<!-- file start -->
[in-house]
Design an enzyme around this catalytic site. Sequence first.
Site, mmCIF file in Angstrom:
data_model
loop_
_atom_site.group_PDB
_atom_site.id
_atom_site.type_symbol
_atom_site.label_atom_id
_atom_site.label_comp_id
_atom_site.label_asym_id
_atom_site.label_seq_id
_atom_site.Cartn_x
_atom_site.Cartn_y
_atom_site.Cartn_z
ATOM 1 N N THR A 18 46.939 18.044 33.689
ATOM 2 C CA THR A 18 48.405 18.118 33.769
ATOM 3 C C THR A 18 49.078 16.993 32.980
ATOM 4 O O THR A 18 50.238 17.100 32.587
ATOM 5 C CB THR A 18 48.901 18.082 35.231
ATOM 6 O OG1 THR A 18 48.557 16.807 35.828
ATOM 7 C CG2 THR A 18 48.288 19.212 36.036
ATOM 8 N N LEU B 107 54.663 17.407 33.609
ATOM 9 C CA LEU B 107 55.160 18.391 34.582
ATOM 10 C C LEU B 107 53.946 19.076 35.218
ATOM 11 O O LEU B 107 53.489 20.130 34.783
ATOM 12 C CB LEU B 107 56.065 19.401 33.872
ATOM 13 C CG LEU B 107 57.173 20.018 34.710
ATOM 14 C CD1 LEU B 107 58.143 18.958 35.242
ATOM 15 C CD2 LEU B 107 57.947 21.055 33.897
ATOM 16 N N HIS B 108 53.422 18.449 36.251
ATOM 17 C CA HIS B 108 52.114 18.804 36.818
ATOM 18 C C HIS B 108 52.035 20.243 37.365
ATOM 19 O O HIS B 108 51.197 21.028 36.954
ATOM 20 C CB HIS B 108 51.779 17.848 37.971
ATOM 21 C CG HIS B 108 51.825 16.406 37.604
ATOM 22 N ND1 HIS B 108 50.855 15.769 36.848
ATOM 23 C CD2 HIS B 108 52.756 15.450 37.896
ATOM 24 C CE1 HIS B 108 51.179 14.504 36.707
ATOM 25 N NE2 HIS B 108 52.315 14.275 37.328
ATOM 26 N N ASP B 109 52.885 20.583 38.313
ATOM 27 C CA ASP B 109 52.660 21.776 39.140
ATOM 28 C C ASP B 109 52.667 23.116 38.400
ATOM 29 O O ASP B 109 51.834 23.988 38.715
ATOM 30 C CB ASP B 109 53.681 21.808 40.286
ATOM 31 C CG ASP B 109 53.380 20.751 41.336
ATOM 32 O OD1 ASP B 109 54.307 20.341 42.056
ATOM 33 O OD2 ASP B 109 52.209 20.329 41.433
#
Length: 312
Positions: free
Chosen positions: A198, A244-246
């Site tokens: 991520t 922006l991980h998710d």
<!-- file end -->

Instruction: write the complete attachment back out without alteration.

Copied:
[in-house]
Design an enzyme around this catalytic site. Sequence first.
Site, mmCIF file in Angstrom:
data_model
loop_
_atom_site.group_PDB
_atom_site.id
_atom_site.type_symbol
_atom_site.label_atom_id
_atom_site.label_comp_id
_atom_site.label_asym_id
_atom_site.label_seq_id
_atom_site.Cartn_x
_atom_site.Cartn_y
_atom_site.Cartn_z
ATOM 1 N N THR A 18 46.939 18.044 33.689
ATOM 2 C CA THR A 18 48.405 18.118 33.769
ATOM 3 C C THR A 18 49.078 16.993 32.980
ATOM 4 O O THR A 18 50.238 17.100 32.587
ATOM 5 C CB THR A 18 48.901 18.082 35.231
ATOM 6 O OG1 THR A 18 48.557 16.807 35.828
ATOM 7 C CG2 THR A 18 48.288 19.212 36.036
ATOM 8 N N LEU B 107 54.663 17.407 33.609
ATOM 9 C CA LEU B 107 55.160 18.391 34.582
ATOM 10 C C LEU B 107 53.946 19.076 35.218
ATOM 11 O O LEU B 107 53.489 20.130 34.783
ATOM 12 C CB LEU B 107 56.065 19.401 33.872
ATOM 13 C CG LEU B 107 57.173 20.018 34.710
ATOM 14 C CD1 LEU B 107 58.143 18.958 35.242
ATOM 15 C CD2 LEU B 107 57.947 21.055 33.897
ATOM 16 N N HIS B 108 53.422 18.449 36.251
ATOM 17 C CA HIS B 108 52.114 18.804 36.818
ATOM 18 C C HIS B 108 52.035 20.243 37.365
ATOM 19 O O HIS B 108 51.197 21.028 36.954
ATOM 20 C CB HIS B 108 51.779 17.848 37.971
ATOM 21 C CG HIS B 108 51.825 16.406 37.604
ATOM 22 N ND1 HIS B 108 50.855 15.769 36.848
ATOM 23 C CD2 HIS B 108 52.756 15.450 37.896
ATOM 24 C CE1 HIS B 108 51.179 14.504 36.707
ATOM 25 N NE2 HIS B 108 52.315 14.275 37.328
ATOM 26 N N ASP B 109 52.885 20.583 38.313
ATOM 27 C CA ASP B 109 52.660 21.776 39.140
ATOM 28 C C ASP B 109 52.667 23.116 38.400
ATOM 29 O O ASP B 109 51.834 23.988 38.715
ATOM 30 C CB ASP B 109 53.681 21.808 40.286
ATOM 31 C CG ASP B 109 53.380 20.751 41.336
ATOM 32 O OD1 ASP B 109 54.307 20.341 42.056
ATOM 33 O OD2 ASP B 109 52.209 20.329 41.433
#
Length: 312
Positions: free
Chosen positions: A198, A244-246
């Site tokens: 991520t 922006l991980h998710d």